Animal Experimentation - Frequently Asked Questions: Would drugs be safe for us without being tested first on animals?
An Animal Rights Article from All-Creatures.org

FROM

AFMA Americans for Medical Advancement
March 2006

Would drugs be safe for us without being tested first on animals?

Yes. Drugs would be just as safe and probably safer than they now are if the animal testing phase was eliminated. Presently, legal drugs kill more people per year than all illegal drugs combined.

It is first important to recognize that drugs do not spring from lab animal to bottle. There are four methods of designing drugs. Scientists begin by one of the following methods:

  • Discovering new substances from nature
  • Uncovering a different curative value in an existing medication
  • Modifying the chemical structure of a similar medication
  • Designing a new medication from scratch based on anticipated chemical reactions

Once researchers have theorized about a substance's usefulness, they administer it to animals to see whether or not it works on them. They obtain plenty of feedback about the substance's effectiveness in the species tested. Positive animal results are reported in the popular press, generally mentioning only scantly the huge unbuilt bridge between lab animal results and human cures. At this stage there is still no reliable information about what the substance will do in humans, because our metabolism is unique.

Though subjecting the substances to animal testing is designed to reveal anticipated effects and side effects in humans, very often the results differ dramatically between species. Substances that could save many human lives are not approved because they are harmful to animals. And substances that are therapeutic in animals get approved, then harm and sometimes kill humans. Instead of safeguarding human consumers, animal testing creates a false sense of security.

The proof of this is apparent in any thorough assessment of drug development history. Numerous of our most popular drugs including aspirin, acetaminophen (Tylenol) and ibuprofen (Advil or Motrin), can be quite detrimental to animals. Diuretic medications, a mainstay in the treatment of hypertension, were in common use before animal testing became the rage. Many of these drugs, safely used by millions, would be hard pressed to pass today's mandatory mouse tests.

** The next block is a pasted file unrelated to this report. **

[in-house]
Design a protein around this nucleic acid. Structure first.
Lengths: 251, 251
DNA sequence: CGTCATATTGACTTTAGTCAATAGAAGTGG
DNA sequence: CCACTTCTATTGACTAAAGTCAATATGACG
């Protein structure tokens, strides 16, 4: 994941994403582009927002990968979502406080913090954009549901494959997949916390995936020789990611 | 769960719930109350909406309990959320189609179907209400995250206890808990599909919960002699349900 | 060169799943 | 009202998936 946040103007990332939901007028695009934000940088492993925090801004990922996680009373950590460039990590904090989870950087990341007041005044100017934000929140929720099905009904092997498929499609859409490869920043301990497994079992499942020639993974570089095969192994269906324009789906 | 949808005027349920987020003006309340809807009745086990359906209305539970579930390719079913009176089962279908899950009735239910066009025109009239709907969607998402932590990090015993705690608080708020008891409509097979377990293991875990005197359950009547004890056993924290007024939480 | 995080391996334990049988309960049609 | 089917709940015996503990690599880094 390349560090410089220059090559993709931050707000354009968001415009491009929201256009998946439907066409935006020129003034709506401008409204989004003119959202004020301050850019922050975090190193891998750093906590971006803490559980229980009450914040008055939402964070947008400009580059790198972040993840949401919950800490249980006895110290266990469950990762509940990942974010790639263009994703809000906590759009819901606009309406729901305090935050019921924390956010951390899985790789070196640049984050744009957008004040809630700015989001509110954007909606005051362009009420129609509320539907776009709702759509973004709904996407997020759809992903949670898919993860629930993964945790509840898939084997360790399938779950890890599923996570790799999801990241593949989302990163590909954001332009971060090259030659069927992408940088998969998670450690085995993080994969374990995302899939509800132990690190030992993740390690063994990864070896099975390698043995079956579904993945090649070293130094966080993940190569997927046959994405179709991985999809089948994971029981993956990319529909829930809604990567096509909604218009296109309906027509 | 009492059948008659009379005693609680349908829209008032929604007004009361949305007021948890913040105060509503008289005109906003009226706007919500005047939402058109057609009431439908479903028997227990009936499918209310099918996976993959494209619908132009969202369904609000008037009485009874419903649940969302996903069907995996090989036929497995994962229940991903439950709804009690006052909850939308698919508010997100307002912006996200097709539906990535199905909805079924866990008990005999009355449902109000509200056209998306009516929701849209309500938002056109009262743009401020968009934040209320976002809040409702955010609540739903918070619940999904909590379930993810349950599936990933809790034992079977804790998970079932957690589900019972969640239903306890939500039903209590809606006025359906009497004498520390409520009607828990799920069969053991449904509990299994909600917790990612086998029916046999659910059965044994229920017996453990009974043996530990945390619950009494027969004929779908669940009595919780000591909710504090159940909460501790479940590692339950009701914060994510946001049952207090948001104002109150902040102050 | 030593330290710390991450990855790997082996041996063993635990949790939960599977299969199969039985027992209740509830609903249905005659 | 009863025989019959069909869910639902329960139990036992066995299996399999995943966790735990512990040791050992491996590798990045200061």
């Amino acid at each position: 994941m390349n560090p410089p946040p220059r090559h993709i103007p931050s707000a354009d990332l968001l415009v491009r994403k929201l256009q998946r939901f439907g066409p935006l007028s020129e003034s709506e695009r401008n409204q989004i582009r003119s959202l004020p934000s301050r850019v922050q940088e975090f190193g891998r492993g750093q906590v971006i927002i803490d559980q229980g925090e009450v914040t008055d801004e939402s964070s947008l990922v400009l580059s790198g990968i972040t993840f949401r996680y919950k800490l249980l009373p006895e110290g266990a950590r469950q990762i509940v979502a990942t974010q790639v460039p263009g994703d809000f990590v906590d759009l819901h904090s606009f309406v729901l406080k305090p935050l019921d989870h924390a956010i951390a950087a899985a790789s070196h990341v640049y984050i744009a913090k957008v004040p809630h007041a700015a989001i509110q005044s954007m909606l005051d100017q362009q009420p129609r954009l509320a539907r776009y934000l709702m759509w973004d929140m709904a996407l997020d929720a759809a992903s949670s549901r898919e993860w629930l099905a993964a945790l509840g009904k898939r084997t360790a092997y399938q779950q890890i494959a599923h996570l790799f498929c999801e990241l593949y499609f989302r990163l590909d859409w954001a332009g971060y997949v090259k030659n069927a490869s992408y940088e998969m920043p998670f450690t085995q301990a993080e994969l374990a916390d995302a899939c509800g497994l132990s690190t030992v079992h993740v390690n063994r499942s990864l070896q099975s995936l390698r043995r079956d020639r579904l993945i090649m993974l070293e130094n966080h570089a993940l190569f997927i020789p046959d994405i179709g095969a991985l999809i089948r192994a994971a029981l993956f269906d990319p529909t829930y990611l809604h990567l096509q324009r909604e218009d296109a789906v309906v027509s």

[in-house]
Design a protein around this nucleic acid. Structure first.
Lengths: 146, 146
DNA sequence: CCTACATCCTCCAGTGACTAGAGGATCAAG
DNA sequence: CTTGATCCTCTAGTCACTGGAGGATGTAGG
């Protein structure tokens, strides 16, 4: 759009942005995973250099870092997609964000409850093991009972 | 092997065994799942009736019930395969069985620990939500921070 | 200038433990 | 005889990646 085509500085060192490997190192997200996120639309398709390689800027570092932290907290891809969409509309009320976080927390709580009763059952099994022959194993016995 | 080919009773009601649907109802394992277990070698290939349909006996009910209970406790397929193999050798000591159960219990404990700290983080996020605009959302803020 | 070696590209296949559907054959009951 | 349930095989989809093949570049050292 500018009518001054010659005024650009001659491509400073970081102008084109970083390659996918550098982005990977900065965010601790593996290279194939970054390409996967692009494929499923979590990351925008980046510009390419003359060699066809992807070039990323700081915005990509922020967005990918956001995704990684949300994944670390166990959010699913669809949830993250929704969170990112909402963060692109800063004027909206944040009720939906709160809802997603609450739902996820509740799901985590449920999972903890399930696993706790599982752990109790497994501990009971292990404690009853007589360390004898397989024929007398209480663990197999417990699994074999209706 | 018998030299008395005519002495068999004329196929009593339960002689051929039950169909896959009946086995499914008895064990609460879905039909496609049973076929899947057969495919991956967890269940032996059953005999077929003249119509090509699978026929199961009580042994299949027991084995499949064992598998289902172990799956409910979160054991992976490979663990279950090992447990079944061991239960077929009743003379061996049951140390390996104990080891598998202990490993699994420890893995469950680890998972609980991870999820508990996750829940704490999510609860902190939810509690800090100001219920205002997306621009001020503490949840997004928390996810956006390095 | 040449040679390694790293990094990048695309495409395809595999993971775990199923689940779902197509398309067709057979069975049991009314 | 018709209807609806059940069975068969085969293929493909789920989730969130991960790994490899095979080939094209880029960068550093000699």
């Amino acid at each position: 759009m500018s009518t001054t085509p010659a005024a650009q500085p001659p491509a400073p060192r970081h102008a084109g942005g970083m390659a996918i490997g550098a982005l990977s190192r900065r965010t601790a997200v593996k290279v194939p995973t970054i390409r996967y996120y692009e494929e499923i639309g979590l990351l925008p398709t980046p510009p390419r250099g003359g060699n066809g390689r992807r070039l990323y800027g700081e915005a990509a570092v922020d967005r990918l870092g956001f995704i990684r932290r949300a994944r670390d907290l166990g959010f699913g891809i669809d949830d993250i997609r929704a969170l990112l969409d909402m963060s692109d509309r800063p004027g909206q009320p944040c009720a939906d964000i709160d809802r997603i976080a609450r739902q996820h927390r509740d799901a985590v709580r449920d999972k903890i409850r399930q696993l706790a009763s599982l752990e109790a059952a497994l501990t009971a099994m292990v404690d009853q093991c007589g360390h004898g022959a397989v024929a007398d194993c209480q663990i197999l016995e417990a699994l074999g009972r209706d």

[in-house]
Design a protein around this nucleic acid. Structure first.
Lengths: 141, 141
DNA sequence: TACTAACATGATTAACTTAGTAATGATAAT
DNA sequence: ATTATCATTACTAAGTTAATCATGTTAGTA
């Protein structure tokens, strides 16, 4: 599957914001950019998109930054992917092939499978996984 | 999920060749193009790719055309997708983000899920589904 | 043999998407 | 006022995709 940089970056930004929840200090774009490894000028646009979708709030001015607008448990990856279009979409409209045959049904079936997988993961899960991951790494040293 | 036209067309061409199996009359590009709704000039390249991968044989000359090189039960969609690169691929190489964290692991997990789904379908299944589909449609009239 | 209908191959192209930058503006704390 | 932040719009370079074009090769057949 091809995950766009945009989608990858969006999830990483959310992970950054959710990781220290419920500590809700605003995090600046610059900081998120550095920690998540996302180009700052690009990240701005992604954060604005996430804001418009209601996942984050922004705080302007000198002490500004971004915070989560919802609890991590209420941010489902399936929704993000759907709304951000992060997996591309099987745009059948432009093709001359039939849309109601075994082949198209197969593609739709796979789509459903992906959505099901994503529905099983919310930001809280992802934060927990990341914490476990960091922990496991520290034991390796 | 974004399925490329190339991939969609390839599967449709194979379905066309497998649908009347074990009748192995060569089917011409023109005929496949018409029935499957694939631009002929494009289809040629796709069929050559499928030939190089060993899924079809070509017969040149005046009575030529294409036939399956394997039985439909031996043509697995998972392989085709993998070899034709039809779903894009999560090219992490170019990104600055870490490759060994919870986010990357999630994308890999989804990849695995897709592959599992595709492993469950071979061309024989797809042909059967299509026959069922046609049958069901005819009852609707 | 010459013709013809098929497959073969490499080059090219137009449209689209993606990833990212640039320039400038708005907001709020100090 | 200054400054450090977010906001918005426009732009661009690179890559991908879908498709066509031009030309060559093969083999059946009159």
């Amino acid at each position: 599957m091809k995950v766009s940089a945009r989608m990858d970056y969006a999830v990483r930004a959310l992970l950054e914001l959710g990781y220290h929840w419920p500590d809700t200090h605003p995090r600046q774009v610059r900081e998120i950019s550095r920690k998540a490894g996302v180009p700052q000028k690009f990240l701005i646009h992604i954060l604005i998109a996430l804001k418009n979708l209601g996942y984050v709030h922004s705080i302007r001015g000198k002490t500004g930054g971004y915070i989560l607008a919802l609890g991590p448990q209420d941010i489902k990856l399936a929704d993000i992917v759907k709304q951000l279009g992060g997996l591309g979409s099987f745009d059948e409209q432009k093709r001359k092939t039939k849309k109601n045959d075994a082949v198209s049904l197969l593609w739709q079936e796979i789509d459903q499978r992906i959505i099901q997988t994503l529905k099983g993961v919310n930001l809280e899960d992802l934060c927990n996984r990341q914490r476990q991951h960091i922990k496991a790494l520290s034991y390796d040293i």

There is justifiable concern that animal tests are preventing us from acquiring much- needed medications, one scientist stating:

...for the great majority of disease entities, the animal models either do not exist or are really very poor. The chance is of overlooking useful drugs because they do not give a response to the animal models commonly used.

Innumerable animal-tested drugs make it to market, and then cause problems. It is well accepted that approximately 100,000 deaths per year from legal drugs, and approximately fifteen per cent of all hospital admissions are caused by adverse medication reactions. In one decade more than half of all newly approved medications were either withdrawn or relabeled by the FDA secondary to severe unpredicted side effects. All of these drugs had undergone extensive animal testing!

Clearly, the animal testing protocol works against human safety. It also diverts valuable research dollars away from solid human-based testing methodologies.

Go on to: Animal Experimentation - Frequently Asked Questions: If we don't use animals, what will we use?


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